Mr. Bathurst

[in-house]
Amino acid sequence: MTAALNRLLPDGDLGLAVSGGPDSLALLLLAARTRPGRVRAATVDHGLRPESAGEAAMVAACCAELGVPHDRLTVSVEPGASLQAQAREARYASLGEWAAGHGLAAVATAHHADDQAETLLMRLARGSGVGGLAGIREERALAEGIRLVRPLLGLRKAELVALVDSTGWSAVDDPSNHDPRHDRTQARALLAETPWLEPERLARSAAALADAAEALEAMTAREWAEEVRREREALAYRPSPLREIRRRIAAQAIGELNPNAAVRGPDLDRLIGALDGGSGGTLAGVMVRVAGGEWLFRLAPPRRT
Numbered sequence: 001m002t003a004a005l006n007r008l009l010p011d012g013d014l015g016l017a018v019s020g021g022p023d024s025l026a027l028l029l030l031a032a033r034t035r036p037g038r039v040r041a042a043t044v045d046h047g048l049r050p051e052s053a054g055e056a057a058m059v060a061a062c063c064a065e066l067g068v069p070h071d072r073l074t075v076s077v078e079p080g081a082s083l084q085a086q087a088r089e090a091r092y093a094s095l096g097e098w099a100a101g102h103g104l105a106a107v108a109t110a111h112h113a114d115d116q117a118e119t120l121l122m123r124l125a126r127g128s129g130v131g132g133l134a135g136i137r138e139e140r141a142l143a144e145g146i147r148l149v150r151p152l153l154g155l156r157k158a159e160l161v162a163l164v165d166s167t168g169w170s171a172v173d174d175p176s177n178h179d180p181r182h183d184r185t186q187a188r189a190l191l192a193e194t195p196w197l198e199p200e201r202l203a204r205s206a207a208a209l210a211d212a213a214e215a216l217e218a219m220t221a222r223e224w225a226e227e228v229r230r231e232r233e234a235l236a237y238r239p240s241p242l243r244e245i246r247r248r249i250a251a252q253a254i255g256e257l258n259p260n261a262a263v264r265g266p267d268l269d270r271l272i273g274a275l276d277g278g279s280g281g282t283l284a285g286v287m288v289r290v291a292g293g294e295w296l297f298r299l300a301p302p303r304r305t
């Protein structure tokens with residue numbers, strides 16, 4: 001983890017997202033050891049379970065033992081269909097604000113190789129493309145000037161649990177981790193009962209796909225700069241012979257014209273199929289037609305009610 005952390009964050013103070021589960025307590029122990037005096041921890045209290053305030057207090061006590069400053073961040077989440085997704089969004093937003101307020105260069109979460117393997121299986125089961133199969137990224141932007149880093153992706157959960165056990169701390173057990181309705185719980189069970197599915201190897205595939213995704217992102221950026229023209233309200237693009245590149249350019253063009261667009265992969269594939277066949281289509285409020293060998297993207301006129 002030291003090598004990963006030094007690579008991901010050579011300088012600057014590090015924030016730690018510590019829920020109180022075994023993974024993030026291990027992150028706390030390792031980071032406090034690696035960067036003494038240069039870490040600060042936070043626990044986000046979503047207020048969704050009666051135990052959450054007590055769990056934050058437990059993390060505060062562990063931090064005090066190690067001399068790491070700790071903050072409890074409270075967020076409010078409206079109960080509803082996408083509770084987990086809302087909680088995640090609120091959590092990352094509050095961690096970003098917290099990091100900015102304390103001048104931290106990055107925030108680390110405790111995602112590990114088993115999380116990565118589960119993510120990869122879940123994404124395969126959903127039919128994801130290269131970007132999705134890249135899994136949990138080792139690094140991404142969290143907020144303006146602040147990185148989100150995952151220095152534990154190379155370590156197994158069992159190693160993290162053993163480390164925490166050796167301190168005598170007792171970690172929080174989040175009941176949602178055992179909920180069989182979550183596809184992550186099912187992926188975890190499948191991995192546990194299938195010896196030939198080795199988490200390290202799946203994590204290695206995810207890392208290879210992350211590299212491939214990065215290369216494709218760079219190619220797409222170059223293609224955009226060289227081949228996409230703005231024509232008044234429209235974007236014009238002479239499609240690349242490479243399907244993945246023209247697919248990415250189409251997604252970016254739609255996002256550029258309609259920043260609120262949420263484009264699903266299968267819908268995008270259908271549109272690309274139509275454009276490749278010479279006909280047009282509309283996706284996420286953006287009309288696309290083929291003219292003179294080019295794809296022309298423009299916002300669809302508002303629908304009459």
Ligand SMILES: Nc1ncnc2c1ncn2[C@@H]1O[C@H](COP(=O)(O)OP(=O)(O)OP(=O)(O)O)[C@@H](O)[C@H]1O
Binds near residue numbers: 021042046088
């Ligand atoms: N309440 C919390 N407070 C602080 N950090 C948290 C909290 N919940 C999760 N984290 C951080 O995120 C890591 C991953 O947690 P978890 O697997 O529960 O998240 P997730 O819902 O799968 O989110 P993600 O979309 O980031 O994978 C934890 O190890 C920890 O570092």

opposed the motion, and expressed his great regret at seeing the noble lord lending himself to such measures as those which he now advocated. It was with regret he saw those most respectable gentlemen who formed what was called the Opposition, pursuing their present course at a moment when the state of the country was such as to require the united efforts of the House to restore it to tranquillity. If the noble lord and his hon. friends conceived that by their present course they would conciliate the radicals, whom certainly they did not defend, but whose conduct they endeavoured to prevent the House from inquiring into—if they imagined that they would conciliate those men, they would, he thought, find themselves much mistaken. The House, he contended, stood pledged by the address, which was voted, to the opinion that those persons called radicals were wrong, and that their proceedings ought to be put down.—The right hon. gentleman here adverted to, and repeated several passages in the address and amendment, and contended, that by them, all parties in the House were pledged to give their aid, collectively and individually, to repress those practices which were complained of as disturbing the state of the country. It was admitted on the other side of the House, that a great degree of disaffection existed, for it was asked why had not ministers put down illegal meetings, drillings, &c.? Now, if this state of the country was admitted (and it was proved by the testimony or magistrates end grand juries in more counties than one), upon what ground, he would ask, could those measures be opposed which only went to put down such proceedings? The right hon. gentleman then took a review of the practices of the seditious, of the prevalence in many places of blasphemous and seditious doctrines, and described the danger which was likely to accrue to society by suffering them to remain unchecked. Was it, he asked, a time, when such things were admitted to exist, to stop measures calculated to suppress them, by calling for information which ministers could not properly give? His majesty's ministers could not lay all the information they possessed before the House; but the question was, whether they had not laid sufficient for the measures which were called for? With respect to the Manchester proceedings, he maintained that they ought not to come before the House, because, as far as inquiry was necessary respecting the magistrates, it would be better carried on in a court of law. It was not pretended that all the information which ministers possessed on this subject was laid before the House, but a sufficient portion was given. The right hon. gentleman then observed, that the Riot act was first read by Mr. Ethelston, a second time by Mr. Sylvester, and would have been read at the hustings by Mr. Trafford, if the confusion had not prevented it. The reading of the Riot act was not, however, of that importance which hon. gentlemen opposite seemed to consider it: for though the provisions of the act were destined to apply to certain emergencies, they by no means did away with the provisions of the common law, which, when a riot actually had commenced, allowed the magistrates to disperse it before the expiration of the hour. It had been argued, but the argument had been well answered on a former occasion, that the House ought by all means to institute an inquiry into the conduct of those who called, of those who attended, and of those who put down the meeting. He allowed that an inquiry might be necessary, but then it ought to be conducted before the usual tribunals of the country, and in the usual manner in which other offences were investigated.—The noble lord had divided his subject into two parts, and had discussed separately the events which had occurred before, and those which had occurred after, the 16th of August. Now, he did not see what reason there was for marking that day so expressly, as the same system was in existence both before and after it, and was productive of the same alarm to the loyal inhabitants of Cheshire and Lancashire. The noble lord had also shut his eyes to the danger which arose from another quarter, and had almost argued that the people had no pikes, because the blacksmiths who made them had not been discovered and prosecuted. He had also said, that there had not been arming among the people till after the 16th of August: if that circumstance had been correct, it might have looked something like an argument, but unfortunately, it was sufficiently notorious that there had been arming before. The people had been taught to march in military array; they had been instructed to wheel, to form in column, and to go through other military evolutions in large bodies: and, would any person say that, with arms in their hands, these men, though not capable of contending with regular forces, would not be excessively formidable? For his own part, he believed that the object which they had in view was to plunder and destroy; and in this belief he was confirmed by the declaration of more than one bench of magistrates, and one grand jury. True, it might me, that this was not the object of them all; that their leaders might have one view, and their followers another; but still, was it not clear, from their simultaneous meetings, that, if plunder was not their object, they intended to carry some grand political purpose? What could that purpose be, except the total subversion of the government, and all the existing institutions of the country? Their intention evidently was to intimidate the sovereign and the two Houses of Parliament into an acquiescence with their designs, by the display of their numerical power; and, if that failed, to carry them into execution by the exertion of their physical force, or, in other words by force of arms. Could, then, the House ask to have a fuller exposure of the views of these infatuated men, than that which had been afforded to it by the papers now upon the table? The noble lord had also wished to inquire why sir John Byng had not been at Manchester on the 16th, personally to superintend the employment of the military. A sufficient answer to this point was, that sir John Byng had previously made all the necessary arrangements for such an occurrence, and had left the troops under the command of an officer in whom he could place implicit confidence. The noble lord had likewise confessed the dangers to which the country was at present exposed, and the House had pledged itself to find a remedy for them. Now, considering the state in which the nation was at present situated, the time which an inquiry into all these points would consume, would be so long as to make him vote against instituting it, especially if the remedy which the danger required was not, according to the noble lord, to be administered until the inquiry was concluded; though at the same time it was only fair that he should repeat his conviction, that such an inquiry ought not to be allowed, even though it would not continue for more than a single day. Indeed, he thought that the government, so notorious was the system now existing in the disturbed districts, might have said—"We will put a stop to it," without making any inquiry at all.—The noble lord had declared, that he was not satisfied with the statements which were now before the House; because the names of the persons (who, he ought to recollect, had made them on oath) were not given to the public. The reason why the names were concealed was, that if they were known, the lives of those who bore them would be placed in the most imminent hazard, even though they were brought up to London for the purpose of being examined: the names, however, of one or two of them were stated, and in all cases the names of the magistrates who had taken their depositions.—The noble lord had seemed to think that the county of Lancaster was the chief focus of all this disaffection and sedition, and had argued, that because the magistrates had dispersed the numerous meeting at Manchester with a small military force, more troops were not wanted; but, was it not probable, that as the reformers had been once dispersed by a few soldiers, indeed by not more than thirty or forty of the yeomanry, they would take care not to be so easily dispersed on a future occasion? This was rendered more than probable by what had occurred at a recent meeting at Burnley. There a large multitude had met, many of them armed with pistols, and most of them with staffs, in which a socket was made for the reception of a pike-head, which they likewise carried in their pockets. Now he would ask any hon. member, whether it was possible for any magistrate, without the assistance of a military force, to have put down this meeting, confessedly illegal, armed as those who attended it were, with pistols and with pikes? But were these all the facts which were at present before the House? Was there not the declaration of the constables at Manchester, stating their opinion regarding the inefficiency of their police? Was it possible that society, to say nothing of commerce and the ordinary transactions of life, could continue to exist, whilst such a horrible system remained in action? What would the hon. gentleman opposite say to the various attempts which had lately been made at assassination? Were they not aware that two public officers in the prosecution of their duty, had had pistols fired at them, and that at Manchester a constable had been absolutely stoned to death? Were they not aware that this method of intimidation had been extended from the manufacturing to other districts? Did they not know that attempts had been also made to assassinate the mayor of Newcastle? Could they believe that such endeavours to intimidate would not be extended, unless they were now checked? Was it a thing of little importance, that if any tradesman or publican exerted himself to preserve the public peace, not indeed as a yeomanry-man, but as a special constable, he was deprived of all custom, and found his business entirely ruined? There was, indeed, a case before the House which showed, in a strong light, the state of the kingdom—he was not now alluding to the meeting at Manchester, or to any of the meetings in Cheshire or Lancashire, but to the three distinct meetings which had been held at the same place near Leeds. There the magistrates had waited till some outrage had been committed. [Cheering from the Opposition.] He would give the hon. gentlemen the full weight which they wished to derive from this admission, and he would then ask them, whether it was either right or expedient that whenever a public meeting was called, the magistrates should be compelled to be upon the alert with their special constables, and to have no military force at hand to back them? And yet, what would now be the result, if this was not the case? The House might easily judge by referring to the papers which were placed before it; for it was in evidence, that at Glasgow it was nothing but the military that prevented an attack from being made upon the lives and property of the loyal inhabitants. Was it not well known (and he really thought that the public press had disgraced itself by inserting the speeches of those radical gentry), that public discussion had been held regarding the time when the people ought to rise, and that denunciations had been made of certain individuals for not following up the successes which they had achieved? When this was nothing more than a bare statement of facts, how could hon. gentlemen come forward and say, that the House was in want of farther information? The right hon. member then said, that he could wish the noble lord, or any of the friends who surrounded him, to explain what they meant by the term conciliation, which they were so much in the habit of using. A right hon. gentleman had, on a former night, spoken in most decided terms of reprobation of the agitators who were now disturbing the state, and had condemned with great eloquence the principles on which they acted. Now, he should be glad to know, whether the right hon. gentleman wished to conciliate by granting concession to their principles, or alleviation to their distress? If concession to their principles was the meaning which was to be put on conciliation, how much of his own principles would he give up to them? Would he advise the House to grant them, not indeed what they asked, but what they did not ask—moderate reform about which they professed themselves indifferent? If it were granted, did he think that it would satisfy them? Was he not, on the contrary, quite positive that they would say, "We have a right to more, and we will not rest till that right is fully granted to us; it is not sufficient that you have granted to Birmingham, to Leeds, to Sheffield, and the other large towns, the power of returning members to parliament, and that you have diffused the right of suffrage more generally through the counties—you must grant us all we demand, or never will we rest content and satisfied?" If this was true—and he maintained that it was—nobody could doubt that concession to their principles would be of no avail, Then, as to the alleviation, of their distress: and here he could not help expressing his conviction that the disaffection which existed in the manufacturing districts was much greater than the distress; and that though distress might lave originally enlisted many under the banners of disaffection, they would still remain disaffected when the distress was taken from them. If, however, the people were distressed, and the house in-tended, and was able, to conciliate them ay relieving their distress, for God's sake let them set about it, as soon as ever the way was clearly and distinctly pointed out to them. He had to apologize to them for the length at which he had ad-dressed them [Hear!] but he had been led to say as much as he had done, because the motion of the noble lord was calculated to paralyse the spirit which the House had so lately evinced. He had consequently felt it to be his duty to implore them to go into the consideration of the measures which had been proposed to to them without instituting a previous inquiry. If they were too strong, they could be altered; or if they were incorrect in any of their minute details, they could hereafter be corrected. The House was bound to redeem the pledge which it had on a former evening given to the crown, it was bound to give instant vigour to the law, because that vigour was calculated to prevent the employment of a military force; but till that law received that vigour, nothing else but a military force could preserve the tranquillity of the country. He had not said any thing upon the seditious and blasphemous publications which had lately emanated from the press, because the noble lord had not disputed the existence of them, and because the House appeared sensible of the general danger arising from them. He concluded by again conjuring the House to adopt the measures of vigour which had been proposed to them, and by reminding it, that nobody could justly complain against them, except those who expected to suffer by their operation.